|The future of
savings bonds is paperless
A dinosaur of the investment world
has met its Ice Age. The old-fashioned savings bond, available in
paper form since 1935, will soon be available only in an electronic
form online. Don't rush. "Soon" means two, maybe three
years. No one really knows just how long it will take.
Instead of visiting your friendly corner bank or credit
union to buy a savings bond, you'll need a computer, Internet access
and a bank account. You'll have to go online to set up an account
Direct, the U.S. Treasury's Bureau of Public Debt site for electronic
EE, I bonds and marketable securities such as Treasury bills and
"A lot of people aren't happy," says Jackie
Brahney, marketing director at SavingsBonds.com. "There are
many people who aren't really comfortable with Internet banking.
They like the security of having the investment in hand. They don't
want to rely on the Internet and they don't want Uncle Sam having
access to their bank account."
The credit union industry also is unhappy with the
move. The National Association of Federal Credit Unions has written
to the Treasury urging it to "keep the option of paper bonds
alive for at least five years and give people time to adjust to
Dan Pederson, president of BondHelp.com and author
Bonds: When to Hold, When to Fold, and Everything In Between,
says the move to electronic bonds will leave behind many customers.
"Their customer base is older. If you look at
the stats for people over age 50, as many as 25 percent are not
online and have no plans to go online. The feedback we're getting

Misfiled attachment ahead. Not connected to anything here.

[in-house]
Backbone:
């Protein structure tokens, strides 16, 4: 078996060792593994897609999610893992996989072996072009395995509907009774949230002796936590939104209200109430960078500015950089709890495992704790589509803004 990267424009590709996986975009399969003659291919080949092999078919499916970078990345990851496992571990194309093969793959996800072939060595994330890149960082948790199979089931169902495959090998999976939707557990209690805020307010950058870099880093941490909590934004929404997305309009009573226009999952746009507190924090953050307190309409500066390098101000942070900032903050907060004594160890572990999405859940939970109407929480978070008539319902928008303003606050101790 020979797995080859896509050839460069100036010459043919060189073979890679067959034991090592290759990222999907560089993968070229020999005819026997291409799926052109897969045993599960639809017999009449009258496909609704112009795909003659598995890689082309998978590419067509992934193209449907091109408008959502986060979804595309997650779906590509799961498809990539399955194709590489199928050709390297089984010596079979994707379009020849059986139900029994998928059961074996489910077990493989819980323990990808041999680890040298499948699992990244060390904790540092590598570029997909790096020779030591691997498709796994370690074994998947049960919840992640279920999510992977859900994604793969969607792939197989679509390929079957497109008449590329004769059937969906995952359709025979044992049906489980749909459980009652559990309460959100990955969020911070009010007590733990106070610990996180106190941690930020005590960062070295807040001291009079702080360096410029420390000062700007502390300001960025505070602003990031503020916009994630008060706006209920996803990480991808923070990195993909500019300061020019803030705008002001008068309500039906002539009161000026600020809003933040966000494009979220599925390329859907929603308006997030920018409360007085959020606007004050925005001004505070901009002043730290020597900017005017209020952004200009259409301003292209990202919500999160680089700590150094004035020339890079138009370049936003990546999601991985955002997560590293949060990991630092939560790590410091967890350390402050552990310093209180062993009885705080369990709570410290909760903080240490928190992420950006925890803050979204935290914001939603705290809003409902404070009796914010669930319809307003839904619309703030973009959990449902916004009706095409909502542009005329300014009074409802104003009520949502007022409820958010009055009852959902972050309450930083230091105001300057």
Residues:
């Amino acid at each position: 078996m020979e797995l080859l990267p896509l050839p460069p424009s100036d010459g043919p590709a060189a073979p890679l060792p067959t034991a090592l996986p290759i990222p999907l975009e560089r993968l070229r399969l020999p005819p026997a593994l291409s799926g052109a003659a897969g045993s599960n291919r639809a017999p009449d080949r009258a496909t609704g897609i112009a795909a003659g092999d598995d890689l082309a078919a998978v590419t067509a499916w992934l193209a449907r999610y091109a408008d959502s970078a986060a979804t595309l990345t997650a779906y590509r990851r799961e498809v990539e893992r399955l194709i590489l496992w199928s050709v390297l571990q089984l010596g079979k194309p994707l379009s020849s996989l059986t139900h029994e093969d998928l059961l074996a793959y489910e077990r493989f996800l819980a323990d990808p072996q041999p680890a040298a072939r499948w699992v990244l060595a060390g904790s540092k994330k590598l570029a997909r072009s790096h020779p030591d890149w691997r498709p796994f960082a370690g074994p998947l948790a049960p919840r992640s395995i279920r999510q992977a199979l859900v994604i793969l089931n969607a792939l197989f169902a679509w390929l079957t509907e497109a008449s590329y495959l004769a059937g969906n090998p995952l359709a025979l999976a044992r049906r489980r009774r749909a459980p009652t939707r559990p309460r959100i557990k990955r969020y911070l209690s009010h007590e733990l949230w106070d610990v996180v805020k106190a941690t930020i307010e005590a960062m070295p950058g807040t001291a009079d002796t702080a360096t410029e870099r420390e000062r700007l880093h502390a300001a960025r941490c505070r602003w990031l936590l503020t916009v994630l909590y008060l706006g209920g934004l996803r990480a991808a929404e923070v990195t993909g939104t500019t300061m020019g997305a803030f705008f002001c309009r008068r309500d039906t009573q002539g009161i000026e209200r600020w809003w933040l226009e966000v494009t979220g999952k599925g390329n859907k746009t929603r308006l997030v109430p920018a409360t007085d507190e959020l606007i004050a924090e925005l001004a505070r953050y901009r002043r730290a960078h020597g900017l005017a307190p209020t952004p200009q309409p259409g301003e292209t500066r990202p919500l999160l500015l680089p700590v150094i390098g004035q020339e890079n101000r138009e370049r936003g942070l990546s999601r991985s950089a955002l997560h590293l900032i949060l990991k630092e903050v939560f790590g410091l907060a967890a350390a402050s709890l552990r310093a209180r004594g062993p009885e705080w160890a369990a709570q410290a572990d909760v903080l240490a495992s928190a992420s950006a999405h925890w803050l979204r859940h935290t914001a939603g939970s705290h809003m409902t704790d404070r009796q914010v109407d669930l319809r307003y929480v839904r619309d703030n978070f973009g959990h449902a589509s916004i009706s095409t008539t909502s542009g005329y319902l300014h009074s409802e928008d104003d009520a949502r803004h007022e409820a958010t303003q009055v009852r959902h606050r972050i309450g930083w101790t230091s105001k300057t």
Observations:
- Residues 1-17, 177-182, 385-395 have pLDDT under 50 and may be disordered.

is many people won't have any way to participate. That may be just
10 percent of bondholders, but that's a lot when you have 55 million
savings bond owners."
Bytes are cheaper
As you might suspect, the primary reason for the change
is to save money. The Bureau of Public Debt, which promotes and
sells savings bonds and marketable Treasuries, has been closing
marketing offices and transitioning toward a paperless system.
The bureau stopped printing paper Treasury bills and
notes in 1986. In 2002 it made the I bond available in electronic
form, and added the electronic EE bond in 2003.
"In 2001 we had a total budget of $191 million
and it cost $165 million to handle the savings bond program,"
says spokesman Pete Hollenbach.
"We have to maintain something like 12 billion
records. When people lose bonds, we do the research. The other thing
is we're selling 40 to 50 million individual pieces of paper each
year. We'll be saving the cost of printing, postage and the fees
paid to the issuing agents, which are mainly banks."
Hollenbach says significantly more than 90 percent
of people who participate in the savings bond program have bank
accounts, although he says the bureau is concerned about people
who don't have computers or Internet access. The transition, he
adds, is mandated not only by cost but also by the need to be ready
for the generation of investors that expects to do business online.
The electronic bonds will end the age-old problem
of dusty savings bonds being discovered in a drawer months or years
after they've matured. The government will know your bond has matured
and will deposit the proceeds directly into your bank account.